You should learn about the channels available, pricing, and tie that back into your buyer persona and the segments you have chosen to market to. For example, while Facebook may be the best option for local search, it might be that your target users aren’t on that platform. It might be that your competitors are spending lots of money on ads and you can’t compete. In which case it may be better to choose partnerships – If you are offering music lessons try to go to a school or a music shop and see if they can refer customers to you.
Marketing is a complex subject and you also need to learn about multichannel marketing, the buyer journey, types of content for each stage of the buyer journey and the nuances of successfully running campaigns on each of these channels. But it is worth it because it means you will get more customers and be better able to grow your business.
There are numerous marketplace sites where student can find a tutor. Tutor Hunt and My Tutor and two in an ever-expanding number of platforms. The advantages of which are they do the marketing for use in the sense of promoting themselves to students. But the disadvantages are that there are many, many teachers now on the sites, reputation is everything, and so it will even take time for you to build up your reviews and business. They also take a percentage.
There are so many of these sites, it is best to first do your research to find out if one is more appropriate for your profession or area. You may find it is best to follow a dual strategy of setting up and building your own teaching business and utilising these sites.
Branding and a story around you are crucial. Invest in a logo and branded T-shirts etc. These items are essential to give a professional appearance and for advertising. If you are visiting clients and their neighbours see your brand then it can lead to more customers.
You get easily get logos done and t-shirts printed on sites like 99Designs. It is really easy and not very expensive. This is also the case for a website with companies like Wix, enabling you to drag and drop – no programming required – to create your own site.
You want to be able to focus on delivering your service to your customers, therefore, it is important to get technology in place to support you with your marketing, sales, accounting, delivering your service, and collecting payments.
At present you may have to teach online, meaning you need to choose between Zoom, Microsoft Teams, Skype, or any one of the other video conferencing solutions in the market. A CRM system can help with managing your leads and customers. And a chatbot can help to improve your customer service and respond faster to customer enquiries.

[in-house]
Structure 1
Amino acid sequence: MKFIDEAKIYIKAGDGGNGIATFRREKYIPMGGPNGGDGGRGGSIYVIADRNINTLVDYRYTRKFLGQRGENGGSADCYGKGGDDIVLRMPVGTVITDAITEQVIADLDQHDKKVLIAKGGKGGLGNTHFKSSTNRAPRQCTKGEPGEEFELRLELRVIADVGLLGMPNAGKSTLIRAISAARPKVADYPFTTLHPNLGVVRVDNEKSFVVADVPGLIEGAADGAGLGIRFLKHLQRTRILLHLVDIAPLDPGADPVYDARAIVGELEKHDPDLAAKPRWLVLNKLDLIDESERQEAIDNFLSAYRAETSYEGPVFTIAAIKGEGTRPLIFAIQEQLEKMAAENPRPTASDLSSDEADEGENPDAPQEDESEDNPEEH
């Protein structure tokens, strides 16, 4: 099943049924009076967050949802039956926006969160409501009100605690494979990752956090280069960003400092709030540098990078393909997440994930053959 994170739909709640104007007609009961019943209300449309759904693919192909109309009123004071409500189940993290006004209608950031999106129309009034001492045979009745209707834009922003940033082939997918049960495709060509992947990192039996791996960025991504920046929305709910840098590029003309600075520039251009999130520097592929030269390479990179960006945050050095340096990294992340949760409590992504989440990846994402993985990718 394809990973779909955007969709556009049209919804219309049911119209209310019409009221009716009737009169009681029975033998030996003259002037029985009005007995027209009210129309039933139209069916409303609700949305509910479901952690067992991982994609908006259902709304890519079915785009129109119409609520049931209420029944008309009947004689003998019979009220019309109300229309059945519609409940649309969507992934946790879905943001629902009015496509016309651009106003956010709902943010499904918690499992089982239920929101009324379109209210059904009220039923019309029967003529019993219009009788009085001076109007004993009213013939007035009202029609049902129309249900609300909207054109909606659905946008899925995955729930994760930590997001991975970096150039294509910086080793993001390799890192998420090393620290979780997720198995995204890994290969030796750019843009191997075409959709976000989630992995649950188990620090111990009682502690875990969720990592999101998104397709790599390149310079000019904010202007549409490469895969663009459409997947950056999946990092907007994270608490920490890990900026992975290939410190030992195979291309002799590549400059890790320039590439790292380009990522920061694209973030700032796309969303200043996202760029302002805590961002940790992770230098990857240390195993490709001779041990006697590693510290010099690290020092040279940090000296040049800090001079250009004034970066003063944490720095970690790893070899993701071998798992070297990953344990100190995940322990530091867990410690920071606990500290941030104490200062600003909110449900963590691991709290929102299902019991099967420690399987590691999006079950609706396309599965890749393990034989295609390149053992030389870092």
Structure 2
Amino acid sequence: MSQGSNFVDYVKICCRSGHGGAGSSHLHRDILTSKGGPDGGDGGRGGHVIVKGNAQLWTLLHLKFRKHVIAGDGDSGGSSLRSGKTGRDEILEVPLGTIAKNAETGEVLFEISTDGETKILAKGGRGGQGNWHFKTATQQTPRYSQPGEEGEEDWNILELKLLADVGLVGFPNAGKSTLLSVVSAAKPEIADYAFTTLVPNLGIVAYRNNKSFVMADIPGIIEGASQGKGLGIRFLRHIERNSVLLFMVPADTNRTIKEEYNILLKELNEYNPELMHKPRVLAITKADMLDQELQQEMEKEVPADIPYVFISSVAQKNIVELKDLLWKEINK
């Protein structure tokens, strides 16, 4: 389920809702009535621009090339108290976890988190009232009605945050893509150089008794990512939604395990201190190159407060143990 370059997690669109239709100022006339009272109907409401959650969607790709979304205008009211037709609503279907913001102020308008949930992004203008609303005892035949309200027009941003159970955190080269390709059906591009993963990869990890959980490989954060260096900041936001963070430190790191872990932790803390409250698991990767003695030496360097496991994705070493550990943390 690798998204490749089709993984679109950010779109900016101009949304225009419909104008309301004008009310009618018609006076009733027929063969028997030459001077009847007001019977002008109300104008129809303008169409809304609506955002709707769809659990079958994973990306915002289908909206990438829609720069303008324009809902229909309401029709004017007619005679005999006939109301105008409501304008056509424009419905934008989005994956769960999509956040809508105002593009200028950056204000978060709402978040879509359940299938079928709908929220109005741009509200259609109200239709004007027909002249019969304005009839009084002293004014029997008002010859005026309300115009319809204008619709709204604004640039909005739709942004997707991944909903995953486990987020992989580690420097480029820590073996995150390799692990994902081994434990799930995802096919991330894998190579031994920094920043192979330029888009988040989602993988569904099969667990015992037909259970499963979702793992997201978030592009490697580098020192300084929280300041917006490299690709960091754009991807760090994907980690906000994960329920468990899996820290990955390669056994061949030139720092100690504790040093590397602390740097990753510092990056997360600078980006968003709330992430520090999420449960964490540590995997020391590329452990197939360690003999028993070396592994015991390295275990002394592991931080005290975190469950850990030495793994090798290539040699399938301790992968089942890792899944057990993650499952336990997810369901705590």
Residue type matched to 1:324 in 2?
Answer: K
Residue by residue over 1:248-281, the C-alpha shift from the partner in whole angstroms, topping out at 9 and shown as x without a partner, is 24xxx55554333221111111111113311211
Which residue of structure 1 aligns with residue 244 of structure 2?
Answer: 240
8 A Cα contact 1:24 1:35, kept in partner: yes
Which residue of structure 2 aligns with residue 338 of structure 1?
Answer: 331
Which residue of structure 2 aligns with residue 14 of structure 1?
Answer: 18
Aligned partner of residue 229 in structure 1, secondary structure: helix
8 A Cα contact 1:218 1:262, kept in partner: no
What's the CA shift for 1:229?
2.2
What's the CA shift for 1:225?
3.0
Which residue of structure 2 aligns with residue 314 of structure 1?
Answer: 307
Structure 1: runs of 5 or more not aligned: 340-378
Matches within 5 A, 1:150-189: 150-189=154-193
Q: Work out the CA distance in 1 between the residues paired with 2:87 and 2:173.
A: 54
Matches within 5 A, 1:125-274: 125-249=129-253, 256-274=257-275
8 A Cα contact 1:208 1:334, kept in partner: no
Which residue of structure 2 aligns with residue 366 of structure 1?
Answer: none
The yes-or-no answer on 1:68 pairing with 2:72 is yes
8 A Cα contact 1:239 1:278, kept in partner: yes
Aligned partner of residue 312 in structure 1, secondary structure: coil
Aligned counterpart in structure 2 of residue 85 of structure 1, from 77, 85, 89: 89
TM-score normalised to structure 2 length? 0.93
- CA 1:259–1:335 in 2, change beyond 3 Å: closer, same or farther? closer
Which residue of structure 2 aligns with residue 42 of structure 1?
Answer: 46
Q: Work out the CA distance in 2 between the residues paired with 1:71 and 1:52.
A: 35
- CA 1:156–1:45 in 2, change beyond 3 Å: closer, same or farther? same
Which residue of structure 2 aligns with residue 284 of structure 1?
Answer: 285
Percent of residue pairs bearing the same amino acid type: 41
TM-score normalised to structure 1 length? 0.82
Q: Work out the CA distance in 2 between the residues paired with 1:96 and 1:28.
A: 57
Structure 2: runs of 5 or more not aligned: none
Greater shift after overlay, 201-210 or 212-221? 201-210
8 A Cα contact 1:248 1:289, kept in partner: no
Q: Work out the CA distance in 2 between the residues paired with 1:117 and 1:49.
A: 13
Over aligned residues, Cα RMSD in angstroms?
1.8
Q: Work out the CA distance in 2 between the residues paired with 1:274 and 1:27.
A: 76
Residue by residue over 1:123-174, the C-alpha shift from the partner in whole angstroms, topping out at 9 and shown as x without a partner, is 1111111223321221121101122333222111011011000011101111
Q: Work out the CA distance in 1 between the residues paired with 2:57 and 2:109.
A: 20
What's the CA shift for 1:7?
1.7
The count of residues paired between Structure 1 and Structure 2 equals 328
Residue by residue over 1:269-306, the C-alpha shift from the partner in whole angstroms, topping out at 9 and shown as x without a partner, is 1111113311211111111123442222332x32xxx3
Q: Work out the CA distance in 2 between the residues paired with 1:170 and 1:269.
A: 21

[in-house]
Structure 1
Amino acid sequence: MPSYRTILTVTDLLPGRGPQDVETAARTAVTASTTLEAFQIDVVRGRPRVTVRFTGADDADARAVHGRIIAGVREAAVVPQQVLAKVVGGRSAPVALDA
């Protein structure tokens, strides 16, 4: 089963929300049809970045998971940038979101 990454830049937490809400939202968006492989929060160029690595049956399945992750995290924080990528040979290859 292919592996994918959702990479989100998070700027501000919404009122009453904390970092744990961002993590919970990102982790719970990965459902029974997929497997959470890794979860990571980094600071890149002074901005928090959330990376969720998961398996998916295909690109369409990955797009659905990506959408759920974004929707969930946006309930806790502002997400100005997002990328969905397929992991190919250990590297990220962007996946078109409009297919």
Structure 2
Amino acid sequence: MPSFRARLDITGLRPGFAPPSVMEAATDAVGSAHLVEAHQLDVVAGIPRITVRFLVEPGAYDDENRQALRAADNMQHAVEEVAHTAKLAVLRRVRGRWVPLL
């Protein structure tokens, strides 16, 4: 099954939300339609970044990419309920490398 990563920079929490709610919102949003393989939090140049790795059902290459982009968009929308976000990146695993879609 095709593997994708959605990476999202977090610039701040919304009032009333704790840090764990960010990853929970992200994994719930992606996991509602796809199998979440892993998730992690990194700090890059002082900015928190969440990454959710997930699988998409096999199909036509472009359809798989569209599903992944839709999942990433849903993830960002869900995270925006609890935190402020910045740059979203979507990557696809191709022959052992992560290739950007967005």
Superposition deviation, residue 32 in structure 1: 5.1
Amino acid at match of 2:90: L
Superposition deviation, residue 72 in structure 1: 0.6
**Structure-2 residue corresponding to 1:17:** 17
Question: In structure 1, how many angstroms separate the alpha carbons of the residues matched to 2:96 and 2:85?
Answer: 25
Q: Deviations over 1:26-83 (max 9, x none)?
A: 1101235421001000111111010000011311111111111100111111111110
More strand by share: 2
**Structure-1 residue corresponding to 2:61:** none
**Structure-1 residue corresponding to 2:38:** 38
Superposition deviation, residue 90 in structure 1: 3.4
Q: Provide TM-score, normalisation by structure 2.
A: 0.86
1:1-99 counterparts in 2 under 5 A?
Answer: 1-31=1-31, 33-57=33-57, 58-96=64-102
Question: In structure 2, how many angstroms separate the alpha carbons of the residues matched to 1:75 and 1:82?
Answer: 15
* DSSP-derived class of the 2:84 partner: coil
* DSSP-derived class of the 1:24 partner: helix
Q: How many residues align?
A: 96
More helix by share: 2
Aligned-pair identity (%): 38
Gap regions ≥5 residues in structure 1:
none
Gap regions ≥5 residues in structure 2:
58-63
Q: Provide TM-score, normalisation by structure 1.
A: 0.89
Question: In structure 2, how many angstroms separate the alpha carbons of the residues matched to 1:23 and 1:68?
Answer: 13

Offering your customers their preferred payment solution is key with many preferring to use card payments. This is not only the case compared to cash, but also compared to bank transfers. If you are invoicing your customers, embedded payment links which allow them to pay by card are much more convenient than having to make a bank transfer, meaning you are more likely to get paid quicker.
Once you earn over £1000 a year your business needs to be registered for tax. You have a number of set up options:
Sole trader – This is the easiest and most straightforward choice, but you personally are responsible for any losses.
Limited company – This takes a little longer to setup and has more reporting and management responsibilities, but your company is responsible for your debt not you.
Partnership – This is the best option if there are several of you doing this together.
You can find out more here.
In all cases, you need to pay tax through self-assessment and you will need to keep accounts of your income and expenses. There are specialist accountancy software packages that can help you with this as will the payment software mentioned above through automatic recording of all invoices.
For many years, and for good reason, reviews are an essential component of getting a potential customer over the line and to sign up. There are numerous places to collect reviews: your website, your Facebook page, your Google Business Page and on sites like Trustpilot. Your customers won’t want to post on all these sites so think about which one is your primary source of leads. In addition, see if it is possible to sync them across all your channels.
Tip: One solution would be to take the reviews from one channel and turn it into a graphic that you can then post everywhere.
You should not just get a budget together for promotion but for your business in general. You may not have a lot of capital expenditure on equipment but you will have travel and insurance costs, your mortgage payments, and a buffer of a few months to cover living while you build up your business.
Finalising Your Plan
Once you have done all the above you should have a final plan for setting up your teaching business. This may seem a lot of work but remember what the old adage about life being one percent inspiration and 99% perspiration. Execution is key for making a success of your business and a plan helps with that.
Hoof’s focus is to serve that field service and tradesperson sector. With our solution you get a notification if the quote was accepted or not. This gives you the opportunity to amend or easily convert it into an invoice. This functionality saves you a lot of time and ensures you can respond in a timeframe that makes the difference between winning and losing business.